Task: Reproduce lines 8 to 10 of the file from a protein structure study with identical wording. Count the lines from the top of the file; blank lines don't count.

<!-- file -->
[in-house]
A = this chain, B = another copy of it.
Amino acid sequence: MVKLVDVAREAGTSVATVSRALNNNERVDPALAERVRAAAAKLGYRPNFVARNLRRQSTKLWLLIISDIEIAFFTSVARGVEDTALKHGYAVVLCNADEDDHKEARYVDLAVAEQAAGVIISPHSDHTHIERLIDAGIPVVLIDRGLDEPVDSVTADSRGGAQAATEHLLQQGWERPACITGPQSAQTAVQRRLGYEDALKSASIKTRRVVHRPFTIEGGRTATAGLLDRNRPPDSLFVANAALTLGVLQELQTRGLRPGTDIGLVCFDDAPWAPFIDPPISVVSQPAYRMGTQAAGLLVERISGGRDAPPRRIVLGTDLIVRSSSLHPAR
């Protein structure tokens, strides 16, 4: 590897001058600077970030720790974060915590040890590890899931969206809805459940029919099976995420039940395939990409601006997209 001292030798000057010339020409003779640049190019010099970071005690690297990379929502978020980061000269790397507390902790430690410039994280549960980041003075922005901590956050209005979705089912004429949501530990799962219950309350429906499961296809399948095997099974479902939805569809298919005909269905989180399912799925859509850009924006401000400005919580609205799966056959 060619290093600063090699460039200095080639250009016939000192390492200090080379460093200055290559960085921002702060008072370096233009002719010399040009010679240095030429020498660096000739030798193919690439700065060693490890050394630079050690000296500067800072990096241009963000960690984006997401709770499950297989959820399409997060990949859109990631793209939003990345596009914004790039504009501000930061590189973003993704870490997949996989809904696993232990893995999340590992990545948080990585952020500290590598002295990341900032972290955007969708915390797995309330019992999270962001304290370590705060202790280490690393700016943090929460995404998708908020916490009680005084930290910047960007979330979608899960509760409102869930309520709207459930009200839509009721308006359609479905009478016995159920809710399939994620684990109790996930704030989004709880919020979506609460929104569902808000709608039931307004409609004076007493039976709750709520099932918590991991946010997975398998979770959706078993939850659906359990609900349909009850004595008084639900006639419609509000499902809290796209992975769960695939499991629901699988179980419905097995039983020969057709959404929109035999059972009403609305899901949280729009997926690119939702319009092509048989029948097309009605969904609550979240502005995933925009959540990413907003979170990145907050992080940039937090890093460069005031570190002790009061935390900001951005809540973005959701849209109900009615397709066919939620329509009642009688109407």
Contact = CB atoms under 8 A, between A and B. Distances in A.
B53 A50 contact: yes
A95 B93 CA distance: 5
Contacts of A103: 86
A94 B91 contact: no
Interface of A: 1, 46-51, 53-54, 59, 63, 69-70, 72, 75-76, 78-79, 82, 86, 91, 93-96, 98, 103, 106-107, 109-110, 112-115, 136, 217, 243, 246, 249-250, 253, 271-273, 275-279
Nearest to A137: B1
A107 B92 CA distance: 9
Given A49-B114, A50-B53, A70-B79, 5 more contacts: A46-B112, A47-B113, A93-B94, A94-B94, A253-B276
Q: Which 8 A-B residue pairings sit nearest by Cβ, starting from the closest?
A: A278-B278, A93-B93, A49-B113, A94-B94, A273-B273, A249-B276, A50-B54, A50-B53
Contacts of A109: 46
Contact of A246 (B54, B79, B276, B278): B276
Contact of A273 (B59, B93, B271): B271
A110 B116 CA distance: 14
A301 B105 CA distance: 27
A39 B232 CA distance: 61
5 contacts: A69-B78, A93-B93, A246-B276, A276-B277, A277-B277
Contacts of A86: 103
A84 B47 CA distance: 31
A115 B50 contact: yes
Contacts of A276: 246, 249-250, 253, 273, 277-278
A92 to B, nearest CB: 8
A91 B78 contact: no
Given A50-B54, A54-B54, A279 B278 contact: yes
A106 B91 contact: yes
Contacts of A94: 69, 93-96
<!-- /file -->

Contacts of A103: 86
A94 B91 contact: no
Interface of A: 1, 46-51, 53-54, 59, 63, 69-70, 72, 75-76, 78-79, 82, 86, 91, 93-96, 98, 103, 106-107, 109-110, 112-115, 136, 217, 243, 246, 249-250, 253, 271-273, 275-279